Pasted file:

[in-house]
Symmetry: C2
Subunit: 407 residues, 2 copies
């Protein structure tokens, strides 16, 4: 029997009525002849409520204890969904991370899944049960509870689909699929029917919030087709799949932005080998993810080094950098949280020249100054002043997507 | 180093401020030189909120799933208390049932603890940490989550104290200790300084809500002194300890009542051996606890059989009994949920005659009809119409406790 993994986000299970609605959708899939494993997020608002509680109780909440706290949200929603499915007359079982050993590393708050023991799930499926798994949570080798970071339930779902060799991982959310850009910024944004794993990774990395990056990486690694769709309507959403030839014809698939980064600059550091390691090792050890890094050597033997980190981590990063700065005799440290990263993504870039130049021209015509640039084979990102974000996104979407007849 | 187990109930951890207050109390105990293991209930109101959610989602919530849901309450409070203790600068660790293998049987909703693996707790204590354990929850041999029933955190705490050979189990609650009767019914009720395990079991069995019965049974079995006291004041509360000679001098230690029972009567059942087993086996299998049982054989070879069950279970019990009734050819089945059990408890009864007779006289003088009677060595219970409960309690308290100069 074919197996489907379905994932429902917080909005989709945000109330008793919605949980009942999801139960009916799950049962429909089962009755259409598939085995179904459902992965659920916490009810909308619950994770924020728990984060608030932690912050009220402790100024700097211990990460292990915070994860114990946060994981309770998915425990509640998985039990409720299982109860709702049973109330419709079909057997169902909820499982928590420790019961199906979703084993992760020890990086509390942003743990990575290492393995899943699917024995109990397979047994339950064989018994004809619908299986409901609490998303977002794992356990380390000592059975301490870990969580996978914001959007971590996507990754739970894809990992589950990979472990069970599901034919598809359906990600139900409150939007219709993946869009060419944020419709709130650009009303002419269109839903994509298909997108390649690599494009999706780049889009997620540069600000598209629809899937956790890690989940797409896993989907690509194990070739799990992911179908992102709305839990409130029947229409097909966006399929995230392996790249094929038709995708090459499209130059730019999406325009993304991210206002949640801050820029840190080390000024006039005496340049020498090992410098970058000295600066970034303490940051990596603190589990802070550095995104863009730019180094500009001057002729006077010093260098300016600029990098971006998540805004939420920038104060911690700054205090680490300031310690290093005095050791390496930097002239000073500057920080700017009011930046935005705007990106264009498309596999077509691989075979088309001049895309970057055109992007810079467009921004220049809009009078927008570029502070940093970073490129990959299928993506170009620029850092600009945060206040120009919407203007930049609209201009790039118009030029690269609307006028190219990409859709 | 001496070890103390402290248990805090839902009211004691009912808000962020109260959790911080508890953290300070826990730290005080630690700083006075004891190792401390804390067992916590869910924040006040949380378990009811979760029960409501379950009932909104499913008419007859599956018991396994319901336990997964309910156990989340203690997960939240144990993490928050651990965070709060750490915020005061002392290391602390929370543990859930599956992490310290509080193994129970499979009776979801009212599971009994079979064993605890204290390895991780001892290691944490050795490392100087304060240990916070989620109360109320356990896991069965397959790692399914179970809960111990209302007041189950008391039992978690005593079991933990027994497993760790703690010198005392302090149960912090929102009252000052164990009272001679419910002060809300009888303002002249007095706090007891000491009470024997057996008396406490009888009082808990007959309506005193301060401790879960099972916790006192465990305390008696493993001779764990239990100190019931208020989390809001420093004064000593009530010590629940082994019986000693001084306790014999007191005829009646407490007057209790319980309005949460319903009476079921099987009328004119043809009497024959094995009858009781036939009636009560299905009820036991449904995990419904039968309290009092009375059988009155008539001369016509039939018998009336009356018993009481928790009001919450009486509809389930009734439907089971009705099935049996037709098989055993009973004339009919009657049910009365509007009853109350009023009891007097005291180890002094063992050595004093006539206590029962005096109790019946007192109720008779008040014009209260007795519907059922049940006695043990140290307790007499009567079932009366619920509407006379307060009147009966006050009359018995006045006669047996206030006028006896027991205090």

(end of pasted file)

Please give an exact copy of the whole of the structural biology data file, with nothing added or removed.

[in-house]
Symmetry: C2
Subunit: 407 residues, 2 copies
């Protein structure tokens, strides 16, 4: 029997009525002849409520204890969904991370899944049960509870689909699929029917919030087709799949932005080998993810080094950098949280020249100054002043997507 | 180093401020030189909120799933208390049932603890940490989550104290200790300084809500002194300890009542051996606890059989009994949920005659009809119409406790 993994986000299970609605959708899939494993997020608002509680109780909440706290949200929603499915007359079982050993590393708050023991799930499926798994949570080798970071339930779902060799991982959310850009910024944004794993990774990395990056990486690694769709309507959403030839014809698939980064600059550091390691090792050890890094050597033997980190981590990063700065005799440290990263993504870039130049021209015509640039084979990102974000996104979407007849 | 187990109930951890207050109390105990293991209930109101959610989602919530849901309450409070203790600068660790293998049987909703693996707790204590354990929850041999029933955190705490050979189990609650009767019914009720395990079991069995019965049974079995006291004041509360000679001098230690029972009567059942087993086996299998049982054989070879069950279970019990009734050819089945059990408890009864007779006289003088009677060595219970409960309690308290100069 074919197996489907379905994932429902917080909005989709945000109330008793919605949980009942999801139960009916799950049962429909089962009755259409598939085995179904459902992965659920916490009810909308619950994770924020728990984060608030932690912050009220402790100024700097211990990460292990915070994860114990946060994981309770998915425990509640998985039990409720299982109860709702049973109330419709079909057997169902909820499982928590420790019961199906979703084993992760020890990086509390942003743990990575290492393995899943699917024995109990397979047994339950064989018994004809619908299986409901609490998303977002794992356990380390000592059975301490870990969580996978914001959007971590996507990754739970894809990992589950990979472990069970599901034919598809359906990600139900409150939007219709993946869009060419944020419709709130650009009303002419269109839903994509298909997108390649690599494009999706780049889009997620540069600000598209629809899937956790890690989940797409896993989907690509194990070739799990992911179908992102709305839990409130029947229409097909966006399929995230392996790249094929038709995708090459499209130059730019999406325009993304991210206002949640801050820029840190080390000024006039005496340049020498090992410098970058000295600066970034303490940051990596603190589990802070550095995104863009730019180094500009001057002729006077010093260098300016600029990098971006998540805004939420920038104060911690700054205090680490300031310690290093005095050791390496930097002239000073500057920080700017009011930046935005705007990106264009498309596999077509691989075979088309001049895309970057055109992007810079467009921004220049809009009078927008570029502070940093970073490129990959299928993506170009620029850092600009945060206040120009919407203007930049609209201009790039118009030029690269609307006028190219990409859709 | 001496070890103390402290248990805090839902009211004691009912808000962020109260959790911080508890953290300070826990730290005080630690700083006075004891190792401390804390067992916590869910924040006040949380378990009811979760029960409501379950009932909104499913008419007859599956018991396994319901336990997964309910156990989340203690997960939240144990993490928050651990965070709060750490915020005061002392290391602390929370543990859930599956992490310290509080193994129970499979009776979801009212599971009994079979064993605890204290390895991780001892290691944490050795490392100087304060240990916070989620109360109320356990896991069965397959790692399914179970809960111990209302007041189950008391039992978690005593079991933990027994497993760790703690010198005392302090149960912090929102009252000052164990009272001679419910002060809300009888303002002249007095706090007891000491009470024997057996008396406490009888009082808990007959309506005193301060401790879960099972916790006192465990305390008696493993001779764990239990100190019931208020989390809001420093004064000593009530010590629940082994019986000693001084306790014999007191005829009646407490007057209790319980309005949460319903009476079921099987009328004119043809009497024959094995009858009781036939009636009560299905009820036991449904995990419904039968309290009092009375059988009155008539001369016509039939018998009336009356018993009481928790009001919450009486509809389930009734439907089971009705099935049996037709098989055993009973004339009919009657049910009365509007009853109350009023009891007097005291180890002094063992050595004093006539206590029962005096109790019946007192109720008779008040014009209260007795519907059922049940006695043990140290307790007499009567079932009366619920509407006379307060009147009966006050009359018995006045006669047996206030006028006896027991205090």